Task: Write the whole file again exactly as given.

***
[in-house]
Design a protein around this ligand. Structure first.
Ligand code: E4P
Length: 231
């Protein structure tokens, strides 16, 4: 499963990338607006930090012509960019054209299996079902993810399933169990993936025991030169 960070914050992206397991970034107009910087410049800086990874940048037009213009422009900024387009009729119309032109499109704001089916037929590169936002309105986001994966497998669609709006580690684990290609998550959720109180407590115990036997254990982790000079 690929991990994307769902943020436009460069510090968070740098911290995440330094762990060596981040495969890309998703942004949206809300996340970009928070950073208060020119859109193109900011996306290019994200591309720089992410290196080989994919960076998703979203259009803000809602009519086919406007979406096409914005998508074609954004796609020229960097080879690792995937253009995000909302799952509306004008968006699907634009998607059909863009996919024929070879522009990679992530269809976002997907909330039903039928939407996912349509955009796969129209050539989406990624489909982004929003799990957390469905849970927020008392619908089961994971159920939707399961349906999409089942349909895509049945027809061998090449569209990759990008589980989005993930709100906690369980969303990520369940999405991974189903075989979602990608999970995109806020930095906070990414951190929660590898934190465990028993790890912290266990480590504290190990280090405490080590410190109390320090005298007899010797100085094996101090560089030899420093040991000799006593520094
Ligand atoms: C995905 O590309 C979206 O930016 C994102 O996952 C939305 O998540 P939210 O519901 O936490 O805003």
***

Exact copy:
[in-house]
Design a protein around this ligand. Structure first.
Ligand code: E4P
Length: 231
């Protein structure tokens, strides 16, 4: 499963990338607006930090012509960019054209299996079902993810399933169990993936025991030169 960070914050992206397991970034107009910087410049800086990874940048037009213009422009900024387009009729119309032109499109704001089916037929590169936002309105986001994966497998669609709006580690684990290609998550959720109180407590115990036997254990982790000079 690929991990994307769902943020436009460069510090968070740098911290995440330094762990060596981040495969890309998703942004949206809300996340970009928070950073208060020119859109193109900011996306290019994200591309720089992410290196080989994919960076998703979203259009803000809602009519086919406007979406096409914005998508074609954004796609020229960097080879690792995937253009995000909302799952509306004008968006699907634009998607059909863009996919024929070879522009990679992530269809976002997907909330039903039928939407996912349509955009796969129209050539989406990624489909982004929003799990957390469905849970927020008392619908089961994971159920939707399961349906999409089942349909895509049945027809061998090449569209990759990008589980989005993930709100906690369980969303990520369940999405991974189903075989979602990608999970995109806020930095906070990414951190929660590898934190465990028993790890912290266990480590504290190990280090405490080590410190109390320090005298007899010797100085094996101090560089030899420093040991000799006593520094
Ligand atoms: C995905 O590309 C979206 O930016 C994102 O996952 C939305 O998540 P939210 O519901 O936490 O805003």